Monday, April 14, 2008

Making Choices

Joseph Henry was an American scientist who served as the first Secretary of the Smithsonian Institution. He used to tell a rather strange story about his childhood.

His grandmother, who raised him, once paid a cobbler to make him a pair of shoes. The man measured his feet and told Joseph that he could choose between two styles: a rounded toe or a square toe. Little Joseph couldn't decide. It seemed to be such a huge decision; after all, they would become his only pair of shoes for a long time. The cobbler allowed him to take a couple of days to make up his mind.

Day after day, Joseph went into the shop, sometimes three or four times a day! Each time he looked over the cobbler's shoes and tried to decide. The round-toed shoes were more practical, but the square toes looked more fashionable. He continued to procrastinate. He wanted to make up his mind, but he just couldn't decide!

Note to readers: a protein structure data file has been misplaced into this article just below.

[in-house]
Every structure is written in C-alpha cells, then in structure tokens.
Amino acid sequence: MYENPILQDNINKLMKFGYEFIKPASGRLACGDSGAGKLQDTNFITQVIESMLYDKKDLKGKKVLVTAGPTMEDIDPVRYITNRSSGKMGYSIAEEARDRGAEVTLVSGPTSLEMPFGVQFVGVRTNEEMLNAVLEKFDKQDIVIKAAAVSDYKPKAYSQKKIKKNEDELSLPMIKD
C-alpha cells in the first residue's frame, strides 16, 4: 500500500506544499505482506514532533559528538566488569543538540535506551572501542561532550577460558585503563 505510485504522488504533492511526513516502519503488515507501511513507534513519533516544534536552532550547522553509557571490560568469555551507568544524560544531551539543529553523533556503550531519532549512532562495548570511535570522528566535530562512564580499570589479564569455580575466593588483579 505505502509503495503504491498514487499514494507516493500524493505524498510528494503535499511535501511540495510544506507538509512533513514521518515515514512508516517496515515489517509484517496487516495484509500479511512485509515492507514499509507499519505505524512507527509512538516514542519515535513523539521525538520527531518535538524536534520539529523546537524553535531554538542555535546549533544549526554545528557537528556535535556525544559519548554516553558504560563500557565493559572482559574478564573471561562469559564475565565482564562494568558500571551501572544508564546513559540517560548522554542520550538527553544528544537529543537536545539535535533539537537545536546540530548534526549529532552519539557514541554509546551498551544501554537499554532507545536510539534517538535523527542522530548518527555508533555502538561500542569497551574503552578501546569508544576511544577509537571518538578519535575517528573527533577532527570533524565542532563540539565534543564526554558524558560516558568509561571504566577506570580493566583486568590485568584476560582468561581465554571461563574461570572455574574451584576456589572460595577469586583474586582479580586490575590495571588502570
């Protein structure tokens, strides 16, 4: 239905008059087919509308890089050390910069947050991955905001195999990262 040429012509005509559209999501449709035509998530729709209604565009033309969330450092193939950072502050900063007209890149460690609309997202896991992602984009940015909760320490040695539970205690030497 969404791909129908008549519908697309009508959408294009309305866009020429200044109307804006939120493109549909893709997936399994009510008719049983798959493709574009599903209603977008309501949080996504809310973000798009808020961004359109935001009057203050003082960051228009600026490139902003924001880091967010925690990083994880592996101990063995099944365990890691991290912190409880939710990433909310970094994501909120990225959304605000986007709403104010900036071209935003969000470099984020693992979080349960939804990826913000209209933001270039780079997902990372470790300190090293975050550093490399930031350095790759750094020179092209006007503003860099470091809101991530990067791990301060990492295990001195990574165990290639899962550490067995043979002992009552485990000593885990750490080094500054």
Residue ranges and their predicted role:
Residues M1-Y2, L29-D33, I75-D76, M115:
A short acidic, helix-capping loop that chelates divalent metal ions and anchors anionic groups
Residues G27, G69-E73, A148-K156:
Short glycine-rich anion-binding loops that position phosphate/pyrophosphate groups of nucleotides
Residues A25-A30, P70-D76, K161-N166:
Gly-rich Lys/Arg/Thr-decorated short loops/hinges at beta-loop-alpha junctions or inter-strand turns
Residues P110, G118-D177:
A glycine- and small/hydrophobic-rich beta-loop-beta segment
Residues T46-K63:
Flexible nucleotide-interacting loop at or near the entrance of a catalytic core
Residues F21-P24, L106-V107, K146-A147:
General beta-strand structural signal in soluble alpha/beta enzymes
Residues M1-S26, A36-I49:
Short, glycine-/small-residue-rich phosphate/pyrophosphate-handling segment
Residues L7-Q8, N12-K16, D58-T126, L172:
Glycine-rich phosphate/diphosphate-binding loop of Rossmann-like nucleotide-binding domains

Finally, one day he went into the shop and the cobbler handed him a parcel wrapped in brown paper. His new shoes! He raced home. He tore off the wrapping and found a beautiful pair of leather shoes - one with a rounded toe and the other with a square toe.

I can learn a lesson here...a lesson about decisions: if I don't make decisions myself, others will probably make them for me.

And if I choose poorly from time to time, that's okay, too. At least I won't have to wear shoes that don't match. Besides, I'll probably do better the next time.

-- Steve Goodier


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